How to extract the database(s) from a non-debuggable / signed Android App

The other day a device hit my desk….

One of our production Retail Execution (ITX) apps running on it was stuck in a loop — the bug was forwarded to the relevant development team, however, there where important transactions (about a days work for the sales rep) still in the device database that needed to be extracted.

So while I did this, I thought I would do a quick writeup for others who face the same issue in future.

Note: Step 1 & 2 are for those of you who do not know about adb and how to connect a device to your Mac. If you already have adb connected and your device in developer mode, skip to Step 3.

Step 1 — Setup your Mac

You will need the following installed:

This will also install Android Debug Bridge (adb) and add it to your path.

To test, open terminal and type adb --version

Step 2 — Setup the Android device

  1. Enable Developer Options

Go to Settings → About device → Software info

Then tap on Build Number seven times (you will see a toast message notifying you of how many more times to tap)

You will now see a Develop Options option on your settings menu like the following :

Ensure that the USB Debugging option is selected.

2. Plug your device into your computer with a USB cable

If adb is running, you should see a permission popup on your device:

Grant your Mac permission (optionally Always Allow)

Once done, you should see the device available under adb devices :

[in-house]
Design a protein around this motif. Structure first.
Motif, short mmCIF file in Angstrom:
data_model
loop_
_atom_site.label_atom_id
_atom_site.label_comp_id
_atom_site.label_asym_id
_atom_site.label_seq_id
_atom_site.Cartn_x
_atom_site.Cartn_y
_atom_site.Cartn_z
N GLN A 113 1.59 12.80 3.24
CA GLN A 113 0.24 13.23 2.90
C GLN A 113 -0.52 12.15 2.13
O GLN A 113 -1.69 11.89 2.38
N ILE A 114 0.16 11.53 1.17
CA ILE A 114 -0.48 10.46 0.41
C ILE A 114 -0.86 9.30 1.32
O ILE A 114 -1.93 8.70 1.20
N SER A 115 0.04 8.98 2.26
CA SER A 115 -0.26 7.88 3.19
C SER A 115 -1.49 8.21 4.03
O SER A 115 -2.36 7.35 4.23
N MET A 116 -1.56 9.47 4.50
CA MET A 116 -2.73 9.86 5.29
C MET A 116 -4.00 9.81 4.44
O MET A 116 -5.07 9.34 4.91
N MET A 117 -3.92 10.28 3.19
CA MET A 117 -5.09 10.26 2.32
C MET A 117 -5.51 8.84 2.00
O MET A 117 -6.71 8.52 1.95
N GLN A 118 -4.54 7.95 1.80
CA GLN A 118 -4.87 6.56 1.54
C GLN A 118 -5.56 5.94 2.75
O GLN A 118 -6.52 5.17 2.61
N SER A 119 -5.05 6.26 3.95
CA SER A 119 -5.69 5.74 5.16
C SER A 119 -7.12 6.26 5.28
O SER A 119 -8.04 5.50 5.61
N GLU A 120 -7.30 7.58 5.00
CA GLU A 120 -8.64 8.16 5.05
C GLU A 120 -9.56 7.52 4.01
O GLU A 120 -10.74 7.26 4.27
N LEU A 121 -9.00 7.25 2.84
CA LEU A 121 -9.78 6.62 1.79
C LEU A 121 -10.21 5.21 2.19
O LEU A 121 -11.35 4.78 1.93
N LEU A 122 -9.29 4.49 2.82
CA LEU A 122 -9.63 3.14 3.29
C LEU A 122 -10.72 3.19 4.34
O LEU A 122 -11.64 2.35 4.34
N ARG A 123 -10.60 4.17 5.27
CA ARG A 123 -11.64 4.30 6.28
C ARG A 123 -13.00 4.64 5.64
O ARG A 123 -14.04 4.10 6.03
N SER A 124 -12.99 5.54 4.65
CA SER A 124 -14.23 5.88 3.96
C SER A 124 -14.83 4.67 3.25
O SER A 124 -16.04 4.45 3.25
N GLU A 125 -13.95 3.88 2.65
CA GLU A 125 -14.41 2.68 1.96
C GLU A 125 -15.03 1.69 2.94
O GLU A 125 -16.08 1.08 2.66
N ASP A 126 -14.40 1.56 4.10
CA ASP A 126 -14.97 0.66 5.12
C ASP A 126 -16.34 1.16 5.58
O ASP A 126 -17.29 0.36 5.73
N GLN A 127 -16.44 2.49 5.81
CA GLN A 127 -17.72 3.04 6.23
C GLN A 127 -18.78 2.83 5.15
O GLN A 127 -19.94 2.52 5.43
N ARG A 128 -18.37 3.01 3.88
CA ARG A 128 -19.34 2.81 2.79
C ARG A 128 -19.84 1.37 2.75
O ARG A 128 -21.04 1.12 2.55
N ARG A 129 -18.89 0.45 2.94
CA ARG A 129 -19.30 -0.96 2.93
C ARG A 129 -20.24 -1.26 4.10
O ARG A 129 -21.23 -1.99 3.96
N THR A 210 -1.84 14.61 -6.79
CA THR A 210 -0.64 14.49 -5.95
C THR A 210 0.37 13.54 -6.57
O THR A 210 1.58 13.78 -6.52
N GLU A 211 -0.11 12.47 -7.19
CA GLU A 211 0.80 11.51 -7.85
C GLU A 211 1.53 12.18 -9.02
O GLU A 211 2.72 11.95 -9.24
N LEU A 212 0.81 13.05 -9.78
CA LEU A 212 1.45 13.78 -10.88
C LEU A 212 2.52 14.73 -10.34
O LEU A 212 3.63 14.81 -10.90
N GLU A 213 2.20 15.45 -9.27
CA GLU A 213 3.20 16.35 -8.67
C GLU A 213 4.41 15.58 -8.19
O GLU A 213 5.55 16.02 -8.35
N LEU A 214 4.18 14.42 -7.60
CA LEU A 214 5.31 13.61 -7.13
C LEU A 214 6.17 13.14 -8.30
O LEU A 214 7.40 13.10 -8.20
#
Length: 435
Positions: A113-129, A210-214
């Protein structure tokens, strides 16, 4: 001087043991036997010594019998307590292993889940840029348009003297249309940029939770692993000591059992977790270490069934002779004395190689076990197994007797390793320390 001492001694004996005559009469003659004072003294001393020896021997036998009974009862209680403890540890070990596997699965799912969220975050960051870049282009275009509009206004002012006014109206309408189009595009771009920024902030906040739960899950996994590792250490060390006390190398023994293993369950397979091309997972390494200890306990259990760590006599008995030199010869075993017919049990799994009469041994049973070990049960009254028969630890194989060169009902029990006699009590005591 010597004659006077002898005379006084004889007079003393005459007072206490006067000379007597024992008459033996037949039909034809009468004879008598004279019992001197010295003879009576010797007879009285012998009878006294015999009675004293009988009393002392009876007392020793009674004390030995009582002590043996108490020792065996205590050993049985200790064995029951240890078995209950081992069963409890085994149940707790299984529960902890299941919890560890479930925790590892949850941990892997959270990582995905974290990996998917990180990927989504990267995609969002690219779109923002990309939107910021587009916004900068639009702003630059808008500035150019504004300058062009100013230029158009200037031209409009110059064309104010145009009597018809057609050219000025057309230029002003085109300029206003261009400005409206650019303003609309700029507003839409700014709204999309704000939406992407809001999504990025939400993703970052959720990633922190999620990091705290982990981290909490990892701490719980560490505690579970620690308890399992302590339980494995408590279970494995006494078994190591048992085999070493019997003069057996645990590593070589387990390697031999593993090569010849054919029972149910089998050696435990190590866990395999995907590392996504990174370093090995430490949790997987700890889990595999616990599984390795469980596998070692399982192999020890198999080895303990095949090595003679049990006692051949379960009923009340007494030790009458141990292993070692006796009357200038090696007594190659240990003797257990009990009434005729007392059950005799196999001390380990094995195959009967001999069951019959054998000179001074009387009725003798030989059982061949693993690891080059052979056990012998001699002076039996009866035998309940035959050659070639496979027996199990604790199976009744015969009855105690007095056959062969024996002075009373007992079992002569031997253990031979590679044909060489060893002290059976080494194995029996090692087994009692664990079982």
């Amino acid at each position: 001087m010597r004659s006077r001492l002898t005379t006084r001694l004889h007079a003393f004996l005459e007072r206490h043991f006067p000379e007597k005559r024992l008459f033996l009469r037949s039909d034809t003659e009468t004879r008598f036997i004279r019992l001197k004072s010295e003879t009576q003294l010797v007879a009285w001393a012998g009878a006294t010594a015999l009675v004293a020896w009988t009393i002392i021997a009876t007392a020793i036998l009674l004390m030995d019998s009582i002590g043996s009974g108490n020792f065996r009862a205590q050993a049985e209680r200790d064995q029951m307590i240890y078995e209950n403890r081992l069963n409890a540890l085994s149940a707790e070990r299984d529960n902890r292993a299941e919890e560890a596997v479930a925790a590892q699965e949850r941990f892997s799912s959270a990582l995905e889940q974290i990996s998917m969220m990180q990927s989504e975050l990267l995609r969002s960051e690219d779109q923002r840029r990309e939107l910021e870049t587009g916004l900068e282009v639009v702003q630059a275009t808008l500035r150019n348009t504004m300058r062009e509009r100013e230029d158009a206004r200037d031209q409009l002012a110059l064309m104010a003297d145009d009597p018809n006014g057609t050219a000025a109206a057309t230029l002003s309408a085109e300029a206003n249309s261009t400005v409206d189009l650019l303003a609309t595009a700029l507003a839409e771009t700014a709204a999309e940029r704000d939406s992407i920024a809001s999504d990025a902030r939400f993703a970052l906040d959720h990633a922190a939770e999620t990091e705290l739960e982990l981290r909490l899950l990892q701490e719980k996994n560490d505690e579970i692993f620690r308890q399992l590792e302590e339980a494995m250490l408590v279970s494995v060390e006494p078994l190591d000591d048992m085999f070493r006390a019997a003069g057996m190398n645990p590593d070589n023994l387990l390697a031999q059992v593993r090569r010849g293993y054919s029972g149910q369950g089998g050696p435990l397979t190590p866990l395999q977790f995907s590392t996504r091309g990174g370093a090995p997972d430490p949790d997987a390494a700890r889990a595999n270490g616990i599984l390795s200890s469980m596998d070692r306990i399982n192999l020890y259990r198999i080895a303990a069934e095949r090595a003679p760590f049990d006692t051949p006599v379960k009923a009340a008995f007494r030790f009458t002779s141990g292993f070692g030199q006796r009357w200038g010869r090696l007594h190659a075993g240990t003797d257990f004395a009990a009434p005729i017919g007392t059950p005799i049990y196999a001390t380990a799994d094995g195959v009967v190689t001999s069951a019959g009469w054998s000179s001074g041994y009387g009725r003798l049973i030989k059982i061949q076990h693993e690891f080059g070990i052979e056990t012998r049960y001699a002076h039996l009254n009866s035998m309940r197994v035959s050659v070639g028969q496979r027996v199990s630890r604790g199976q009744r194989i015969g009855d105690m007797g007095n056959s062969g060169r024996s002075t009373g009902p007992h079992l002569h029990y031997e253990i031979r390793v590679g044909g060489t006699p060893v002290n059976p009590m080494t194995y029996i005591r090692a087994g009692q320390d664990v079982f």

Step 3 — Identify and pull the APK

First shell into the device:

adb shell

Then identify the apk you want to pull:

pm list packages
Some of the app APK packages on the device

To make it easier (and you sort of know the bundle id of the app you are looking for) you can pipe the above command to grep:

pm list packages | grep atajo
A single hit for the app APK I am looking for

To pull the APK, run :

adb backup -noapk com.app.your.package.name

Your device will prompt you for a (optional) password to encrypt the backup with. In this case, I chose to skip creating a password because it makes the next steps easier.

Once pulled, you will see a mybackup.ab file in your current directory. This is basically a Java deflated (compressed) tar file. So to inflate (decompress) it into something your Mac understands, you have two options depending on your setup:

You can use openssl to extract the archive :

dd if=mybackup.ab bs=24 skip=1|openssl zlib -d > mybackup.tar; 
tar -xvf mybackup.tar

If you get an error like :

openssl:Error: 'zlib' is an invalid command.

You can alternatively use Python like so :

dd if=backup.ab bs=1 skip=24 | python -c "import zlib,sys;sys.stdout.write(zlib.decompress(sys.stdin.read()))" | tar -xvf -\n

Either way, you should now have a apps directory in the current directory. The app contents was extracted there:

The database and app files all in a directory named after the bundle id.

Step 4 — View the database

Disclaimer: This particular app had an encrypted database — I deliberately left out the decryption step as it is proprietary to the company the app belongs to.

I have been using SQLiteBrowser for a few years now, and it is still the best SQLite database explorer I know of for Mac.

So the next step is to simply find the database you want to query in the above db directory, and open it in the SQLiteBrowser app:

All the database files available to be opened
The database I was looking for.

Now you can query anything you want.

Step 5: Disabling Developer Options (Optional)

The only way to remove “Developer Options” from the Settings menu again is by clearing the App Cache of the Settings app.

Go to Settings → Application → All and select the Settings app. Once selected, hit Clear Cache — Don’t worry about the warning, it will literally just remove the change that resulted in Developer Options being visible.

And that’s it. Great Success! Thanks for reading.

cloud developer || hardware hacker